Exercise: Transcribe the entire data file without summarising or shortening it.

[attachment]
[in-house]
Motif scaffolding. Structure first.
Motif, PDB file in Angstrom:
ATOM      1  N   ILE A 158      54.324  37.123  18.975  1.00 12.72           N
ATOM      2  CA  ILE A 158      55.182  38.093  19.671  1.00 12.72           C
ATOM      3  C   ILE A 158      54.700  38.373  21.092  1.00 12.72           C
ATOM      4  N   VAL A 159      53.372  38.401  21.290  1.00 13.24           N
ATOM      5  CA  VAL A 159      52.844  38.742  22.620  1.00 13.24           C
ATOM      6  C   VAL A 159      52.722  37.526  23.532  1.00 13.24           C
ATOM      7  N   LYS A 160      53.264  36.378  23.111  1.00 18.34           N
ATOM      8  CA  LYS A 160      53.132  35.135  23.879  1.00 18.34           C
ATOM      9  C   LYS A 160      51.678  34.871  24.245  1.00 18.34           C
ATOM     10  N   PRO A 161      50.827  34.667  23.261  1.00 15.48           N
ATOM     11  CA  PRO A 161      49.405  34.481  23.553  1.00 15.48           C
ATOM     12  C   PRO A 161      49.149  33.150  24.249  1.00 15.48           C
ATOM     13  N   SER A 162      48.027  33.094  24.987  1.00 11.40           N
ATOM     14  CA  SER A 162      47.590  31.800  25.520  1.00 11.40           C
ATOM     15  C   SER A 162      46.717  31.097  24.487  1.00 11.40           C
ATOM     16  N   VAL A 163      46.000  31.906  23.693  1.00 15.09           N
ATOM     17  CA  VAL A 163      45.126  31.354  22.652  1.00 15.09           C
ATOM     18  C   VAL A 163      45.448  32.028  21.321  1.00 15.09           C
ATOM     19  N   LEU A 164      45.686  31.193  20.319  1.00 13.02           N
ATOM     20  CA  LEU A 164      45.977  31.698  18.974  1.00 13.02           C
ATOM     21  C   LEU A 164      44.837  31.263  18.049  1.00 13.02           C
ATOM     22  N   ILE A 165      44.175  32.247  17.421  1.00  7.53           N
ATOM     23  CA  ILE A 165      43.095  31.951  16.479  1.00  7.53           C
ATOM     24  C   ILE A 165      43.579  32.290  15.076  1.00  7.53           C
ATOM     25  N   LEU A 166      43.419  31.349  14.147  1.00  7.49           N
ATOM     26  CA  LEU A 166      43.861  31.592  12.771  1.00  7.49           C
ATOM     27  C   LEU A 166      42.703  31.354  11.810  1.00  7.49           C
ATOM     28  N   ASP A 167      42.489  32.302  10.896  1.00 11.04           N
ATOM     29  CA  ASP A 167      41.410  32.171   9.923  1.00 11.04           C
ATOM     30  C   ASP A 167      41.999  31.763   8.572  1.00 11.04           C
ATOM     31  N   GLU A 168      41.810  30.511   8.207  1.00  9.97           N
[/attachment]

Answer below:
[in-house]
Motif scaffolding. Structure first.
Motif, PDB file in Angstrom:
ATOM      1  N   ILE A 158      54.324  37.123  18.975  1.00 12.72           N
ATOM      2  CA  ILE A 158      55.182  38.093  19.671  1.00 12.72           C
ATOM      3  C   ILE A 158      54.700  38.373  21.092  1.00 12.72           C
ATOM      4  N   VAL A 159      53.372  38.401  21.290  1.00 13.24           N
ATOM      5  CA  VAL A 159      52.844  38.742  22.620  1.00 13.24           C
ATOM      6  C   VAL A 159      52.722  37.526  23.532  1.00 13.24           C
ATOM      7  N   LYS A 160      53.264  36.378  23.111  1.00 18.34           N
ATOM      8  CA  LYS A 160      53.132  35.135  23.879  1.00 18.34           C
ATOM      9  C   LYS A 160      51.678  34.871  24.245  1.00 18.34           C
ATOM     10  N   PRO A 161      50.827  34.667  23.261  1.00 15.48           N
ATOM     11  CA  PRO A 161      49.405  34.481  23.553  1.00 15.48           C
ATOM     12  C   PRO A 161      49.149  33.150  24.249  1.00 15.48           C
ATOM     13  N   SER A 162      48.027  33.094  24.987  1.00 11.40           N
ATOM     14  CA  SER A 162      47.590  31.800  25.520  1.00 11.40           C
ATOM     15  C   SER A 162      46.717  31.097  24.487  1.00 11.40           C
ATOM     16  N   VAL A 163      46.000  31.906  23.693  1.00 15.09           N
ATOM     17  CA  VAL A 163      45.126  31.354  22.652  1.00 15.09           C
ATOM     18  C   VAL A 163      45.448  32.028  21.321  1.00 15.09           C
ATOM     19  N   LEU A 164      45.686  31.193  20.319  1.00 13.02           N
ATOM     20  CA  LEU A 164      45.977  31.698  18.974  1.00 13.02           C
ATOM     21  C   LEU A 164      44.837  31.263  18.049  1.00 13.02           C
ATOM     22  N   ILE A 165      44.175  32.247  17.421  1.00  7.53           N
ATOM     23  CA  ILE A 165      43.095  31.951  16.479  1.00  7.53           C
ATOM     24  C   ILE A 165      43.579  32.290  15.076  1.00  7.53           C
ATOM     25  N   LEU A 166      43.419  31.349  14.147  1.00  7.49           N
ATOM     26  CA  LEU A 166      43.861  31.592  12.771  1.00  7.49           C
ATOM     27  C   LEU A 166      42.703  31.354  11.810  1.00  7.49           C
ATOM     28  N   ASP A 167      42.489  32.302  10.896  1.00 11.04           N
ATOM     29  CA  ASP A 167      41.410  32.171   9.923  1.00 11.04           C
ATOM     30  C   ASP A 167      41.999  31.763   8.572  1.00 11.04           C
ATOM     31  N   GLU A 168      41.810  30.511   8.207  1.00  9.97           N